Famous Russian poet Yakov Polonski met with Ashiq Alasgar in the forties of the 19th century and published a special article about him on the newspaper “Zakavkazskiy Vestnik” (Transcaucasia Bulletin).
Armenian armed troops occupied Goycha district in 1918 and until the Soviet Power was established in Armenia, Ashiq Alasgar lived a life of refugee in Kalbajar region.
Ashiq Alasgar died in his native village in 1926.
In 1972, the 150th anniversary of Ashiq Alasgar’s birth was marked at government level and a tombstone was erected over his grave.
In 1935, the Armenians renamed the Aghkilse village “Azat”.
After the deportation of Aghkilse village inhabitants from Armenia in the years 1988-1989, the Armenian vandals demolished Ashiq Alasgar’s tombstone.
Blue Mosque. City of Irevan
The works of all travellers and researchers describing Irevan city, first of all mentioned Blue mosque as the most grandiose architectural monument due to its scale and magnificence. Construction of Blue mosque which is considered one of the unique models of oriental architecture started in 1760 and completed in Huseynali khan’s reign in 1765. According to its architectural style and build of the main prayer hall Blue Mosque situated on the opposite side of the central bazaar in Irevan, resembled the Juma Mosque built in 1616, in Ganja by Shah Abbas. Its dimensions were 97.2 x 66 meters. A part of the minaret and dome of the mosque was coated with blue faience. A small pool was built in the courtyard of the mosque paved with raft stones and planted trees around. Not only in Blue Mosque, but also in all the mosques of Irevan there were detached prayer halls for men and women separated by the corridor or curtain. The ceiling and walls of the prayer halls were usually decorated with flower images. The flowers made of cashmere fabric were hung on the walls and columns of the mosque.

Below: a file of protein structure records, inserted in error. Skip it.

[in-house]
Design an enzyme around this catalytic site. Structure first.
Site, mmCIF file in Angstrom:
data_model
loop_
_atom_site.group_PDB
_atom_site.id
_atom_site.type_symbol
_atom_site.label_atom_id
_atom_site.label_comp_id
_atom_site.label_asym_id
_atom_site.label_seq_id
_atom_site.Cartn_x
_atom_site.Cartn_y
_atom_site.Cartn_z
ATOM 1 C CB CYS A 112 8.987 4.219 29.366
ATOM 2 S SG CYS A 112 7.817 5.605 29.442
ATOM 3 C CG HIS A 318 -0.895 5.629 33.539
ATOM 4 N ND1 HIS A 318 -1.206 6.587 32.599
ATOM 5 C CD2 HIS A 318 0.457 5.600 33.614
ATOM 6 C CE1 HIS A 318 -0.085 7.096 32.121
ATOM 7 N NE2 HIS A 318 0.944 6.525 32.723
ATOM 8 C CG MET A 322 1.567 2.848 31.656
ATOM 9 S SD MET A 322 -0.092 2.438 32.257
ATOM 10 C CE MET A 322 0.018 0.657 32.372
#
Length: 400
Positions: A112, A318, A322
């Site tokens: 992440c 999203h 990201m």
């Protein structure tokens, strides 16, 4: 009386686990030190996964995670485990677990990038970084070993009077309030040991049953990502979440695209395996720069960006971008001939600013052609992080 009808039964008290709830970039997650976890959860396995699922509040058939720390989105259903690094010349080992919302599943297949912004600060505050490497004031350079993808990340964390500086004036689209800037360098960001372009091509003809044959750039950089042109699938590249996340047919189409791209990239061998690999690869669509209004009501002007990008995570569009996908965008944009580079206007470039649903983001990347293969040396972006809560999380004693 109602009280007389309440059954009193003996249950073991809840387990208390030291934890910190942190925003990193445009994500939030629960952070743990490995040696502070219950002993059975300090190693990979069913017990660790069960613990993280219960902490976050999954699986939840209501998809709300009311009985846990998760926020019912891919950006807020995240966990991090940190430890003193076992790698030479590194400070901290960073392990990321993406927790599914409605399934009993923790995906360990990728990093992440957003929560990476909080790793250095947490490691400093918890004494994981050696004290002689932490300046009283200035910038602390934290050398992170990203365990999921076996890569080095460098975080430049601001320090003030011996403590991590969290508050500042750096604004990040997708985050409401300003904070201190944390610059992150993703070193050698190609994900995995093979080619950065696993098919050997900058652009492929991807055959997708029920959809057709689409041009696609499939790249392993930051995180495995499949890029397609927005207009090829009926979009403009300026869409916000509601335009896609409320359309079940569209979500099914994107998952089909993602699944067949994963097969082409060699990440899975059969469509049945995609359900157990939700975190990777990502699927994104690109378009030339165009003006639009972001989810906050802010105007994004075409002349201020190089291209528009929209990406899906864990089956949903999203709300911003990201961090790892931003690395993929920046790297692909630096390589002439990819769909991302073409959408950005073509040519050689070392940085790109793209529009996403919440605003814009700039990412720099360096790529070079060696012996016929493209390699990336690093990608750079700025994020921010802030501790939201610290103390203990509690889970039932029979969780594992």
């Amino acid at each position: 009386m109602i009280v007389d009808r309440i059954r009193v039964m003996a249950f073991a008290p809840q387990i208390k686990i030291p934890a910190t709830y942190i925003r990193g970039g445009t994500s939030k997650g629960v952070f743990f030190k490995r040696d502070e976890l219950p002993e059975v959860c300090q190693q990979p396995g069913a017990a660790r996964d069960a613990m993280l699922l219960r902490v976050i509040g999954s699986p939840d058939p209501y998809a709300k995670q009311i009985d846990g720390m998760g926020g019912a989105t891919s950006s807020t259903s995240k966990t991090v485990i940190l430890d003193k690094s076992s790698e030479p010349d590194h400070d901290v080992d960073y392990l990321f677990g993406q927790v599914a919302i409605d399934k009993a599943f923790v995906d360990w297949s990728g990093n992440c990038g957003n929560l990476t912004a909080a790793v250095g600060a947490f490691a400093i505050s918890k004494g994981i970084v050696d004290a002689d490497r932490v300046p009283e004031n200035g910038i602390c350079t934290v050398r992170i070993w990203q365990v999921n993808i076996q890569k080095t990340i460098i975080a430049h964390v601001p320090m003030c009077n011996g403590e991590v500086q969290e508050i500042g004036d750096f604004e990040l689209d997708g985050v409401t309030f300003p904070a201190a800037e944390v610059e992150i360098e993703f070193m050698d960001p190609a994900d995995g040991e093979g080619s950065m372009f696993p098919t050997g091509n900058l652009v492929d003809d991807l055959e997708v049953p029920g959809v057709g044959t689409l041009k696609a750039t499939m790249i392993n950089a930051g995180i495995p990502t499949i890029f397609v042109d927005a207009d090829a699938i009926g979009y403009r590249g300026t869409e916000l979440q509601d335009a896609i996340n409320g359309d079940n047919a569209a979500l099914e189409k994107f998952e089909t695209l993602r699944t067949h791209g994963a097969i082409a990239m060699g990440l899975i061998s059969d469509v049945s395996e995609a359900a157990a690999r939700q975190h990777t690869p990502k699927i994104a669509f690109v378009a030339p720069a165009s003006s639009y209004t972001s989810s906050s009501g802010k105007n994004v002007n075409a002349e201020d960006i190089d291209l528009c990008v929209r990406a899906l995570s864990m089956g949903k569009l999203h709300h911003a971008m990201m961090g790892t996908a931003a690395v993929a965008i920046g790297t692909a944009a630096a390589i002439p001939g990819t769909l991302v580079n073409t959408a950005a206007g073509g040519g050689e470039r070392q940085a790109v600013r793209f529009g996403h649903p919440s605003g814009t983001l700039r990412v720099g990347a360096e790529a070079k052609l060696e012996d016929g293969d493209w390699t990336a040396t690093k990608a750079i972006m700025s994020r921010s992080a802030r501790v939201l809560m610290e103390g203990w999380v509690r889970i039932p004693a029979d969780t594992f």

Irevan city history museum was placed in Blue Mosque from 1936. After beginning of the World War II Blue mosque was concurrently used as an arsenal for a while. It was used as the Nature museum after the war and planetarium from 1952 in its small prayer room for astronomy fans. After Armenia gained independence in 1991 and established diplomatic relations with Muslim countries, necessity arose for functioning of Blue mosque as a shrine again. First, Nature museum in 1991 and then History museum in 1994 were moved out of the mosque-complex. According to the agreement signed between Iran and Armenia in 1995, Iranian government undertook financing reconstruction expenses of Blue mosque. Reconstruction of the mosque was carried out only in the south-west and north of the mosque complex and was brought to completion in 2006. 24 meters high minaret, 28 cells, library, a big hall, dome and courtyard of the mosque were reconstructed. Nowadays the Armenian officials present Blue mosque to foreign guests as “Persian mosque”.